“Did you hear that, ____? English is the most inclusive language!”
This is something that I overheard on the train last week. The other party was discussing inclusion in Hong Kong’s international schools, and the teacher said that the school strongly discourages students from using Cantonese in the spirit of inclusion. Today’s reading talked about the exclusion of Caucasian schoolchildren from Hong Kong’s public school system. School administrators often give up on these schoolchildren before they even start due to historical trends of students of similar backgrounds being admitted and ultimately giving up. The cultural difference between the East and West contribute to this exclusion, as Caucasian students struggle befriend local students, who tend to spend their time outside the classroom in another classroom. In that sense, is this educational barrier unbreakable? I don’t think so. However, it does complicate the assimilation process for these non-Cantonese speaking students.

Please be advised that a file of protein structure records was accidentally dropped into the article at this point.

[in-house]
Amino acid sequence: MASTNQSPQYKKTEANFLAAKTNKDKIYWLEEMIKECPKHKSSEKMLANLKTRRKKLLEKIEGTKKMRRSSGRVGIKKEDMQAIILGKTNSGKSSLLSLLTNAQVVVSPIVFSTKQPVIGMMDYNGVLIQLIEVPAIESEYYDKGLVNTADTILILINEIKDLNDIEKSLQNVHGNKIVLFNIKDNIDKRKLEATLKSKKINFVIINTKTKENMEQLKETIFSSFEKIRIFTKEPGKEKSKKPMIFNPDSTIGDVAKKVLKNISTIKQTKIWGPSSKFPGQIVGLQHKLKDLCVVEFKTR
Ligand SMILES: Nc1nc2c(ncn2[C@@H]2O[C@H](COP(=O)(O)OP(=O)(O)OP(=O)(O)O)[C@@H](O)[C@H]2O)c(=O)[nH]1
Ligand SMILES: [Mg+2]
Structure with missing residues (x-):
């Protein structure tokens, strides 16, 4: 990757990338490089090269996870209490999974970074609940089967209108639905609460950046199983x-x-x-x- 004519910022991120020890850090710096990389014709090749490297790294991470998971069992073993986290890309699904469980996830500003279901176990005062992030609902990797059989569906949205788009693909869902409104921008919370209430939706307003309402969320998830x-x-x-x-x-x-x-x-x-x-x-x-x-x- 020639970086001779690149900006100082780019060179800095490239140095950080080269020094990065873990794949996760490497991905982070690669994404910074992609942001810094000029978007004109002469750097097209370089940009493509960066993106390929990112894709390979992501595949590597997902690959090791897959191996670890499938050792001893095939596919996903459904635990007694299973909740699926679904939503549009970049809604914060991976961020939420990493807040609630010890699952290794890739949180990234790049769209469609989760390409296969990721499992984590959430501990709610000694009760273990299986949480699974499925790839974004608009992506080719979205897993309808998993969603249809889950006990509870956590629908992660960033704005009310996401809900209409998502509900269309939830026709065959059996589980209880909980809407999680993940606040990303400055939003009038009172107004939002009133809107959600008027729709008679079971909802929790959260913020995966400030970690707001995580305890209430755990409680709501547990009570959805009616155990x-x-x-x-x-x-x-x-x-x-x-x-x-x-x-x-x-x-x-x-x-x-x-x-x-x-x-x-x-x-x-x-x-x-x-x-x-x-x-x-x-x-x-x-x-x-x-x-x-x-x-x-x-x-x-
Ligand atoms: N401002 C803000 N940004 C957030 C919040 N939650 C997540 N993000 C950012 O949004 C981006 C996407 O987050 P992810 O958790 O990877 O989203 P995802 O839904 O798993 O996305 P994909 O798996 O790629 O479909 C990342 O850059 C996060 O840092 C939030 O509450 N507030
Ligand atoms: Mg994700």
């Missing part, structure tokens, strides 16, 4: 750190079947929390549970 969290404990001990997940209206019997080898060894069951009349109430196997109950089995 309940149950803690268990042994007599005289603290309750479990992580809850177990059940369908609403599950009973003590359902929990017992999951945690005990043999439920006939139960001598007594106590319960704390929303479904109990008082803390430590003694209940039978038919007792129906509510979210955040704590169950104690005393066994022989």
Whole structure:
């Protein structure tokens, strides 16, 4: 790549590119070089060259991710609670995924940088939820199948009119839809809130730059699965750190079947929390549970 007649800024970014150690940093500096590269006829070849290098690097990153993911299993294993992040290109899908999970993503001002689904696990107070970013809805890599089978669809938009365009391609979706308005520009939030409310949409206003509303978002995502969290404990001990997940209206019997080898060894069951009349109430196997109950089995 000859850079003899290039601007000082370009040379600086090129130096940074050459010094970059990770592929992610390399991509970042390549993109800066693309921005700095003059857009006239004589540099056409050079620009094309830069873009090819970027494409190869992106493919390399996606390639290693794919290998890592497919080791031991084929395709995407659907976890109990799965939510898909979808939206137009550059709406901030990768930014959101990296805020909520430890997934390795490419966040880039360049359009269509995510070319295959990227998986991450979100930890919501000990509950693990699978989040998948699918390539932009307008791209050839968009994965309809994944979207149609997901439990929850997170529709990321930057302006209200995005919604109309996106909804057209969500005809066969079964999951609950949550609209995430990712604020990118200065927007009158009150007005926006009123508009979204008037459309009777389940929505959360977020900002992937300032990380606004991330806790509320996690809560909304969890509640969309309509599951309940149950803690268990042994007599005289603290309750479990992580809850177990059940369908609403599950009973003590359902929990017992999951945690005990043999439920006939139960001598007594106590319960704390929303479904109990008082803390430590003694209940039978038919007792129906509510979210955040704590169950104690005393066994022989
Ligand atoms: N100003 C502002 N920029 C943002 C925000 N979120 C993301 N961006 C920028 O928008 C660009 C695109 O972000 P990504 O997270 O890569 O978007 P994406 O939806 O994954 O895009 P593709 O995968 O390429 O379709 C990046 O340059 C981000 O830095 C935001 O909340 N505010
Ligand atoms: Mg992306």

I don’t have a solution to the exclusion of ethnic minorities in Hong Kong’s public school system, but perhaps the problem can be rectified if the government sponsored Cantonese language programs for non-Native speakers, like a Saturday school or an after-school program. That way, economically disadvantaged students can have the linguistic skillset to vie for a spot in the top public schools and the more privileged Caucasian students won’t be turned away simply because administrators assume they won’t be able to learn Cantonese. It’s not a perfect solution, but it’s a start.
Until we find a solution, I’ll stand by the quote that I started this post with. English is indeed the most inclusive language for public and private schools alike.